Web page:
```fn eat(&self, table: &Table) {
let _left = table.forks[self.left].lock().unwrap();
let _right = table.forks[self.right].lock().unwrap();

println!("{} is eating.", self.name);

println!("{} is done eating.", self.name);
}
```

We have two new lines. We’ve also added an argument, `table`. We access the `Table`’s list of forks, and then use `self.left` and `self.right` to access the fork at that particular index. That gives us access to the `Mutex` at that index, and we call `lock()` on it. If the mutex is currently being accessed by someone else, we’ll block until it becomes available.

The call to `lock()` might fail, and if it does, we want to crash. In this case, the error that could happen is that the mutex is ‘poisoned’, which is what happens when the thread panics while the lock is held. Since this shouldn’t happen, we just use `unwrap()`.

One other odd thing about these lines: we’ve named the results `_left` and `_right`. What’s up with that underscore? Well, we aren’t planning on using the value inside the lock. We just want to acquire it. As such, Rust will warn us that we never use the value. By using the underscore, we tell Rust that this is what we intended, and it won’t throw a warning.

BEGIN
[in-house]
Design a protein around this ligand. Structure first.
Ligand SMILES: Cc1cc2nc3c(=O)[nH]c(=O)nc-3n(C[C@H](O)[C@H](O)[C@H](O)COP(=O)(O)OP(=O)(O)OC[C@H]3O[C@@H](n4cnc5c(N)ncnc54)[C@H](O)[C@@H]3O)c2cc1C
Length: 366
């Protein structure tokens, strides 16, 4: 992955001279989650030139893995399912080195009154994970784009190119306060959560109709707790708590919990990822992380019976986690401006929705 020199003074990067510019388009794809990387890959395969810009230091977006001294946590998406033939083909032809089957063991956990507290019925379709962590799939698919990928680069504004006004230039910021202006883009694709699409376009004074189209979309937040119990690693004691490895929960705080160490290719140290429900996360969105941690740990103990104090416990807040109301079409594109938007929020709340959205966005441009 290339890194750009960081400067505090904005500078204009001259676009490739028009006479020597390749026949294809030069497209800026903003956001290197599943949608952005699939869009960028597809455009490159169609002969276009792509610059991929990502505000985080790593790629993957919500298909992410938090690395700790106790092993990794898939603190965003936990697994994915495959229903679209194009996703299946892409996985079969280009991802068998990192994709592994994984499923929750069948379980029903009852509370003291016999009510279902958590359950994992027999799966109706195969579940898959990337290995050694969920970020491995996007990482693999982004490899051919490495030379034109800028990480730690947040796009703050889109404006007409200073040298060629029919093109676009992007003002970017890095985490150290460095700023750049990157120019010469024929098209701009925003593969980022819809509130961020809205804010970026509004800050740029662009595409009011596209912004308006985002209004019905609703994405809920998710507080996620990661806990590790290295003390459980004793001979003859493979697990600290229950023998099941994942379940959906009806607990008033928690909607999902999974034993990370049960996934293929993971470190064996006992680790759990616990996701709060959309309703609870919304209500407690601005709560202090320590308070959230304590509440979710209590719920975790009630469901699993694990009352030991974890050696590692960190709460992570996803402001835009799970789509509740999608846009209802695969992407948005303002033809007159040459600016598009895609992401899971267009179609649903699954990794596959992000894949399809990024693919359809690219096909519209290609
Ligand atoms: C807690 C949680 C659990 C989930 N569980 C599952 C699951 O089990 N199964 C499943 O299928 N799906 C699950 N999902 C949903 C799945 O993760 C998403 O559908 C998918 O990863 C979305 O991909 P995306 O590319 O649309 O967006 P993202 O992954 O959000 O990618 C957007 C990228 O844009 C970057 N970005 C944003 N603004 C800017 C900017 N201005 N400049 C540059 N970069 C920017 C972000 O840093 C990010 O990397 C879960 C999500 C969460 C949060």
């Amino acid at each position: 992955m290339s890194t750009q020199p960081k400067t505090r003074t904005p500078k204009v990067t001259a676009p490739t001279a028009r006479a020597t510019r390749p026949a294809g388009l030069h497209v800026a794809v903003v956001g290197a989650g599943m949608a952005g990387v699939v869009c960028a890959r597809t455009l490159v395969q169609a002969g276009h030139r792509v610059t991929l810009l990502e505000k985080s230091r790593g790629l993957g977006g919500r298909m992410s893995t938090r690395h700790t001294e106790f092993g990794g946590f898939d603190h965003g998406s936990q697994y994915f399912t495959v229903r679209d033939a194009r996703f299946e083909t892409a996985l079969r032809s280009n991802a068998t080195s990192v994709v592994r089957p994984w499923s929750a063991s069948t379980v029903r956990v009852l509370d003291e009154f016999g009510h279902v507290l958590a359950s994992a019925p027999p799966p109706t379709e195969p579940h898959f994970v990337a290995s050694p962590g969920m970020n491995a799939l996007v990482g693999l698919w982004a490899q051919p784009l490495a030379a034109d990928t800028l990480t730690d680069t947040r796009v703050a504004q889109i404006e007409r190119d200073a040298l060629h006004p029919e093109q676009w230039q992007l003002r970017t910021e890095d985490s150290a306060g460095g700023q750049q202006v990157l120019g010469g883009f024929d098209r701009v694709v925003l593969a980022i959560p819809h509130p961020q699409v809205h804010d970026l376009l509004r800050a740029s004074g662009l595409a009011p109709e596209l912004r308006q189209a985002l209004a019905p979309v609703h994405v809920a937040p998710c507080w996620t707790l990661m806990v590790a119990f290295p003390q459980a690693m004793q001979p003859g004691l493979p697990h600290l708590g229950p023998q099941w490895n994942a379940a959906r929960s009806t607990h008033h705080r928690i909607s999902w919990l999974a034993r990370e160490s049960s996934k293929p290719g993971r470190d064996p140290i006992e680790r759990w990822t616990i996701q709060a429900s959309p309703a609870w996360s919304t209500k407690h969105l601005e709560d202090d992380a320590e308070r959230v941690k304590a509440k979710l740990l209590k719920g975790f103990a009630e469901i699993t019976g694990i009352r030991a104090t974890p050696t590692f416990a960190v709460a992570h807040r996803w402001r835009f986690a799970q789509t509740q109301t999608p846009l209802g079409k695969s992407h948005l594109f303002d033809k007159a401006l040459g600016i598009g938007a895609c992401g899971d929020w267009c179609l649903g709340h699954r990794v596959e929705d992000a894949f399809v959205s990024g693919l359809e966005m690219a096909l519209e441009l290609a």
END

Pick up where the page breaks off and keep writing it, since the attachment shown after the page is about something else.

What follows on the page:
What about releasing the lock? Well, that will happen when `_left` and `_right` go out of scope, automatically.

fn main() { let table = Arc::new(Table { forks: vec![ Mutex::new(()), Mutex::new(()), Mutex::new(()), Mutex::new(()), Mutex::new(()), ]}); }
```    let table = Arc::new(Table { forks: vec![
Mutex::new(()),
Mutex::new(()),
Mutex::new(()),
Mutex::new(()),
Mutex::new(()),
]});
```

Next, in `main()`, we make a new `Table` and wrap it in an `Arc<T>`. ‘arc’ stands for ‘atomic reference count’, and we need that to share our `Table` across multiple threads. As we share it, the reference count will go up, and when each thread ends, it will go back down.

fn main() { let philosophers = vec![ Philosopher::new("Judith Butler", 0, 1), Philosopher::new("Gilles Deleuze", 1, 2), Philosopher::new("Karl Marx", 2, 3), Philosopher::new("Emma Goldman", 3, 4), Philosopher::new("Michel Foucault", 0, 4), ]; }
```let philosophers = vec![
Philosopher::new("Judith Butler", 0, 1),
Philosopher::new("Gilles Deleuze", 1, 2),
Philosopher::new("Karl Marx", 2, 3),
Philosopher::new("Emma Goldman", 3, 4),
Philosopher::new("Michel Foucault", 0, 4),
];
```